GREG COMBS: Gearing Up for Time Trials at Speedway
It is that time of year to start gearing up for the Time Trial Series at Lowe's Motor Speedway.
This year the series will have the standard 10-mile (7 laps) event offered during the nine-date schedule, along with five 40-kilometer races, and one team time trial. For specific dates for these events visit the following Web site: www.carolinatt.org. The time trial series is a great way to gauge your fitness and to test your cycling ability without the dangers of racing in mass start races. For the beginning cyclist interested in training and competing in the 10-mile event, I would like to offer a few tips and a training schedule (see below).
The first area to address is to ensure you are correctly positioned on the bike. It does not matter if you are racing on a specialized time trial machine with aero bars and wheels or a standard bike, if you are not comfortable on the bike you will not compete at your best. Therefore, when you ride your bike be aware of your body and how you feel. You should not feel discomfort on the bike. If you do experience pain and discomfort seek professional help for a proper bike fit.
Next, specific training is needed in order to perform at your best. Competing in a time trial demands that you perform near your maximum physical ability during the entire event. Therefore, doing intervals at the upper heart zones will be necessary during your weekly training sessions. I don't recommend doing separate intervals for the different heart rate zones. Instead, I prescribe including zones 3, 4 and 5 within the time trial intervals enabling you to be conditioned to a race strategy that is used by the best time trial experts in the world.
At the beginning of each interval, I recommend starting out in zone 3 for the first 30 to 45 seconds to allow you to build up to speed to avoid overloading your legs. If you practice starting out at zone 3 in training, you will be conditioning yourself to not start out too fast during the actual race. So, start out in a light gear and build up to speed rather than attempting to blast off at the beginning. Once you are up to speed, start addressing your primary race pace, which will be zone 4.
During this phase of the interval try floating within zone 4. For example, if your heart rate for zone 4 is between 164 to 182 beats per minute (bpm), ride for one minute just above 164 bpm, and then accelerate to ride just below 182 bpm for one minute. By alternating intensity during your intervals, you will be conditioning yourself to adapt to actual race conditions on the speedway. On one straightaway you will be riding with a tailwind and on the other side there will be a headwind. Also, the track is not completely flat. One side of the track has a slight incline and a decline on the other side. So, by alternating your intensity within zone 4, you will be able to adapt to these conditions during the race.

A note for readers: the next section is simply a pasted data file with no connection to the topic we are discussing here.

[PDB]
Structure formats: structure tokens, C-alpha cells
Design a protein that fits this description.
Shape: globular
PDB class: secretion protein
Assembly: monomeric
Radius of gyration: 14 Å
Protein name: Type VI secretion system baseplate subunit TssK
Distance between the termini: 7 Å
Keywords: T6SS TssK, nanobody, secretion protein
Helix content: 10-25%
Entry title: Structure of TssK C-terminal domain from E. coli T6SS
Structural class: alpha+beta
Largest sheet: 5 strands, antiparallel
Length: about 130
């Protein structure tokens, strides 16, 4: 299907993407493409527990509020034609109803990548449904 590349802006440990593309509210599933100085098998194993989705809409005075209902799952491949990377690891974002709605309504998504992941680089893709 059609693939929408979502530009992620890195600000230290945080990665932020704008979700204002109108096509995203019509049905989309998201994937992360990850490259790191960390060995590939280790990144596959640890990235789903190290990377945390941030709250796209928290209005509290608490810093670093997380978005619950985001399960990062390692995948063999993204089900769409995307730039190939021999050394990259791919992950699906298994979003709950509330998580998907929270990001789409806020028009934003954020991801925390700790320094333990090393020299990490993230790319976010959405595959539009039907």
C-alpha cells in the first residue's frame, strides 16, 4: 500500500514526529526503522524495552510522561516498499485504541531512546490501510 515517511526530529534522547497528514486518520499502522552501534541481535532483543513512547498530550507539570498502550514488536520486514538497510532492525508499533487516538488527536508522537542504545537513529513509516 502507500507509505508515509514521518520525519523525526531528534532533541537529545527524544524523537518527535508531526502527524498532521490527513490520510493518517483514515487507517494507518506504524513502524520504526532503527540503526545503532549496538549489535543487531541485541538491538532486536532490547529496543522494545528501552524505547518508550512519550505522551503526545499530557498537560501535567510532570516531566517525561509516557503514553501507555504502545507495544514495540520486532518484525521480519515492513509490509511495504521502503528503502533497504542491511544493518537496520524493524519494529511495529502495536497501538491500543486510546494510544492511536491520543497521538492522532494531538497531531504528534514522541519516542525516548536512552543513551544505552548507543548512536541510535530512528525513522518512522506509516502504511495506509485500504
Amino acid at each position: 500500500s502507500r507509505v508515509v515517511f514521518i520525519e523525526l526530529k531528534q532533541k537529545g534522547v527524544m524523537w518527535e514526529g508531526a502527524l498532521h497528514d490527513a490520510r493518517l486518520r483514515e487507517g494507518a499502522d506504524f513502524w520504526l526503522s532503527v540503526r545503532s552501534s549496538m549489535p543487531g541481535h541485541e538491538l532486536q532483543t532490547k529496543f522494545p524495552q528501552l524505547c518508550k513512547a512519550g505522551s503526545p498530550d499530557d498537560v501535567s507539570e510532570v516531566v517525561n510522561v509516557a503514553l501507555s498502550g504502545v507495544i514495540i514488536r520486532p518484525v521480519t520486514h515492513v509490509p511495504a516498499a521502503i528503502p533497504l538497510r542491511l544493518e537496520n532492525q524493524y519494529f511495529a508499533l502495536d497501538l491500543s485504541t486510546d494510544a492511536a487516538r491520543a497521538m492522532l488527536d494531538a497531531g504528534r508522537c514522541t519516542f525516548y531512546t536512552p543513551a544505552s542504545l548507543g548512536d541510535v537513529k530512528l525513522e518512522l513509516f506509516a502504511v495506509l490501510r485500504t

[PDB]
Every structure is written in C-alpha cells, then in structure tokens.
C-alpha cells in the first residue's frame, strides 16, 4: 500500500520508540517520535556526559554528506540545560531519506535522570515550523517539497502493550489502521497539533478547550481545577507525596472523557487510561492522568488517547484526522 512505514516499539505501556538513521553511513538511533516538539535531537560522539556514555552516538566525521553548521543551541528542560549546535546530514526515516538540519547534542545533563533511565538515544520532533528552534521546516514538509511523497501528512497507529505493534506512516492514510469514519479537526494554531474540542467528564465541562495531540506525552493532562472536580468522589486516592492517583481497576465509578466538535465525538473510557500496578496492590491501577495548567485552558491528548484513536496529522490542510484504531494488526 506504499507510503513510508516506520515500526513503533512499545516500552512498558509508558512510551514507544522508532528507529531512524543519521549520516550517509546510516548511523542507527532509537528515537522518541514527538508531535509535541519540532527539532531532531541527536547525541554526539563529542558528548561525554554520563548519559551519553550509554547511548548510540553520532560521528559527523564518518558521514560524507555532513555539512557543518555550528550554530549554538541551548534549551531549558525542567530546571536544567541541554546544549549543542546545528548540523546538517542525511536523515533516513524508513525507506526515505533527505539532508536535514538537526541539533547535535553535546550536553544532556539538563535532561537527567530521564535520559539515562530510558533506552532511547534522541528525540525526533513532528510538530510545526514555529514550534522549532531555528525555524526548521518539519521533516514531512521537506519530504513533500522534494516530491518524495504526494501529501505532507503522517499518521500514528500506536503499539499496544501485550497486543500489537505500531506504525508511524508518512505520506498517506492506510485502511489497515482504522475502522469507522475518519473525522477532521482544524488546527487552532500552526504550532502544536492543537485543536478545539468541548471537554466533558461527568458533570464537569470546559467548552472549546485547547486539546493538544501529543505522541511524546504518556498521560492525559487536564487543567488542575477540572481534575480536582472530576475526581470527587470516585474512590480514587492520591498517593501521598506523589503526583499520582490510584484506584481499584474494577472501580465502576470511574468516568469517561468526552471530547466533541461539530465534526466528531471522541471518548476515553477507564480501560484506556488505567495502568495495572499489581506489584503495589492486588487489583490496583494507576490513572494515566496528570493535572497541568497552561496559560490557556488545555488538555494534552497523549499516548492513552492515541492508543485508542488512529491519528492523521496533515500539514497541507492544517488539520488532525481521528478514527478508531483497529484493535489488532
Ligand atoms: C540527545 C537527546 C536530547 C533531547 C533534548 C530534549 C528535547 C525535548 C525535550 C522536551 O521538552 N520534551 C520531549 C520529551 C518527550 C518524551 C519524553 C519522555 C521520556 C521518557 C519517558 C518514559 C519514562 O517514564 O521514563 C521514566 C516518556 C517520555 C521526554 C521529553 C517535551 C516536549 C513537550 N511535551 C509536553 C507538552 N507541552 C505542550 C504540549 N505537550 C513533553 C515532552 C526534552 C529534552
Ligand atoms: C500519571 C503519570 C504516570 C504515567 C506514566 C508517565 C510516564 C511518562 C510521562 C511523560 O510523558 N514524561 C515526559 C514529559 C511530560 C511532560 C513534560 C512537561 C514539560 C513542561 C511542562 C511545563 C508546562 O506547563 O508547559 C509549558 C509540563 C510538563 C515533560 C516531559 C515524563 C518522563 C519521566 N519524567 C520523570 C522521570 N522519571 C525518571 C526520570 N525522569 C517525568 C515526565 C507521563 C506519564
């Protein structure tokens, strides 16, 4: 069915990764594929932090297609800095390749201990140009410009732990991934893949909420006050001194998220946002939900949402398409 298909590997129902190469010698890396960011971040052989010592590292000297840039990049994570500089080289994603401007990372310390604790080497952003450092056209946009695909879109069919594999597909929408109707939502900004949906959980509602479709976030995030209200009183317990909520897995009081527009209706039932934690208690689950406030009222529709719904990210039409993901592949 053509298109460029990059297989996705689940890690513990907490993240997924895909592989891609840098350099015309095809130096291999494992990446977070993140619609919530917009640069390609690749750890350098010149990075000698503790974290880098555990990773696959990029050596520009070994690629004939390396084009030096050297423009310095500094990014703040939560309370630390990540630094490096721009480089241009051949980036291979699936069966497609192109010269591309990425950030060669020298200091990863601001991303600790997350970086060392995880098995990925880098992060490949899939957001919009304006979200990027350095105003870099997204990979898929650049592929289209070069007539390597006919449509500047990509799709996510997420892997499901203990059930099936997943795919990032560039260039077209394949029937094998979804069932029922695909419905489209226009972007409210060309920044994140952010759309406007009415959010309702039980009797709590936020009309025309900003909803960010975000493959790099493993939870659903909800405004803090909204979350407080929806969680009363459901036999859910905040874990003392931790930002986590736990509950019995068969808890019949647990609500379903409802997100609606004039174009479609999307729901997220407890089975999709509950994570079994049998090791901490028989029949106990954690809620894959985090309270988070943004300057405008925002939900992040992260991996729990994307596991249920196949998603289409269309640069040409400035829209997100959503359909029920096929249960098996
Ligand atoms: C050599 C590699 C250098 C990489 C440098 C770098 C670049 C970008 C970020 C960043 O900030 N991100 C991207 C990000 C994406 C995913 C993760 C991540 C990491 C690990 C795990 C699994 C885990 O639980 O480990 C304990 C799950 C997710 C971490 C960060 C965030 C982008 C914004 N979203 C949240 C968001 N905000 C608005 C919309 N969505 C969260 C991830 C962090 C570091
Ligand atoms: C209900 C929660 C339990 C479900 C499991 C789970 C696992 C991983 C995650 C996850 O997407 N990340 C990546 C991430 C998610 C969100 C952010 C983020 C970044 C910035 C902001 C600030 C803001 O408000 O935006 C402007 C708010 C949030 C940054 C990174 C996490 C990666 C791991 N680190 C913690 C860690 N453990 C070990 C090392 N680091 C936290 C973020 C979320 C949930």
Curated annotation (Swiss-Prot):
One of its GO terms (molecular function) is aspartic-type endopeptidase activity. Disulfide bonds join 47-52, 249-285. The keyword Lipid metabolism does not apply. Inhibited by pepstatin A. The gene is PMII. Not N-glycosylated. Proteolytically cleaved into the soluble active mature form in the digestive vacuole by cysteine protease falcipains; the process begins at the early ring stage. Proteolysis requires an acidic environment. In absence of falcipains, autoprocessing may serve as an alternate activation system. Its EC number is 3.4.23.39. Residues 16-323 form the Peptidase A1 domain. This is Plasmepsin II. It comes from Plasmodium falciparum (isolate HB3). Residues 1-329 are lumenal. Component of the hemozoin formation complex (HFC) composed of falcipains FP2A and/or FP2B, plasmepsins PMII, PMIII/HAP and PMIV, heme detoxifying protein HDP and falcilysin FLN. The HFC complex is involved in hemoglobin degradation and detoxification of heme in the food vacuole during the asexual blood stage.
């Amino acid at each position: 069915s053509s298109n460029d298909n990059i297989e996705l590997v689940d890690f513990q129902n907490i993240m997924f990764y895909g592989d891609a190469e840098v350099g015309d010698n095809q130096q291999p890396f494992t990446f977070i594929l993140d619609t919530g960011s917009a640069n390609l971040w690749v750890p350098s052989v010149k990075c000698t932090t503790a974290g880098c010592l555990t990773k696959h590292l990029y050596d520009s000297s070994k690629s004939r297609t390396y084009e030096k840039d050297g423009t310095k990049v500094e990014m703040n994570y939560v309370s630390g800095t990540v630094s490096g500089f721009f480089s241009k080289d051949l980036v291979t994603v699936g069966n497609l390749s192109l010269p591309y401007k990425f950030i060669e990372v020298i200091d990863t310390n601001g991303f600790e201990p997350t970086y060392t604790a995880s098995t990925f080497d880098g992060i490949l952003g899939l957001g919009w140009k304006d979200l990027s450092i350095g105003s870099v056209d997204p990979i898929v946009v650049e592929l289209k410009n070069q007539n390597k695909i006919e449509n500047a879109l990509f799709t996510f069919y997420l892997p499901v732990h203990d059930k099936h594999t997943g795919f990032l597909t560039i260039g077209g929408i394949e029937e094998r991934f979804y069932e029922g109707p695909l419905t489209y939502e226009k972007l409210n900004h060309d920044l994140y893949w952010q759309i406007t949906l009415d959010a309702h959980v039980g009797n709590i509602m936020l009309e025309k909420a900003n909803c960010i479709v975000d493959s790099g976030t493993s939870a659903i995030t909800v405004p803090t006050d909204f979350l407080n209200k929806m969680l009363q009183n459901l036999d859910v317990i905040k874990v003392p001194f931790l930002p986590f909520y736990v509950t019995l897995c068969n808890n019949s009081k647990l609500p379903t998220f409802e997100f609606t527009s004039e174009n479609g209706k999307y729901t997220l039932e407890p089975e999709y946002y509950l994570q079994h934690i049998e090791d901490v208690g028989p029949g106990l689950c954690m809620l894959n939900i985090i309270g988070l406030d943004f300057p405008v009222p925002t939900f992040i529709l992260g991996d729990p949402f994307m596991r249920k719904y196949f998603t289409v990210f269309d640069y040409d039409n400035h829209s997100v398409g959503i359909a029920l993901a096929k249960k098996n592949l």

The last phase of your intervals will be at zone 5 at 2- or 3-minute durations. Doing this level of intensity near the end of your intervals is an efficient method to increase your overall speed for the time trial. For the 6- and 8-minute intervals, do the last two minutes at zone 5. During 10-, 12-, and 15-minute intervals, do the last three minutes at zone 5. Also, while racing on the speedway, do your last and seventh lap at zone 5. Once you finish each interval, recover by spinning for three minutes at zone 2 before doing your next interval.
Before each interval training session be sure to warm up properly by spinning for 20 to 30 minutes. As well, for a proper cool down and recovery, spin for another 20 minutes. On the days that you are riding easy it is a great time to practice staying in an aero position and becoming efficient in preparing for the upcoming race. Good luck and enjoy racing on the Lowe's Motor Speedway.
For an example of an eight-week training schedule focusing on the Lowe's Time Trial Series, contact me at email@example.com.
Recovery -- No Effort: short easy rides up to 30 minutes in duration; Zone 1 -- Light Effort: easy riding to help develop endurance up to 2-3 hours.; Zone 2-- Light to Moderate Effort: to develop aerobic capacity up to 1 hour; Zone 3 --Tempo: to improve pedaling efficiency with some resistance up to 45 minutes; Zone 4 -- Threshold: to improve the processing of lactic acid up to 30 minutes; Zone 5 -- Redline: to improve peak performance up to 3 to 6 minutes.
Greg Combs is a cyclist and coach for more than 30 years and is considered an expert in bicycling fit and rider positioning. He is also the director of the Sport Management Program at Methodist University in Fayetteville. For more information browse www.velosmart.com or e-mail him at firstname.lastname@example.org.
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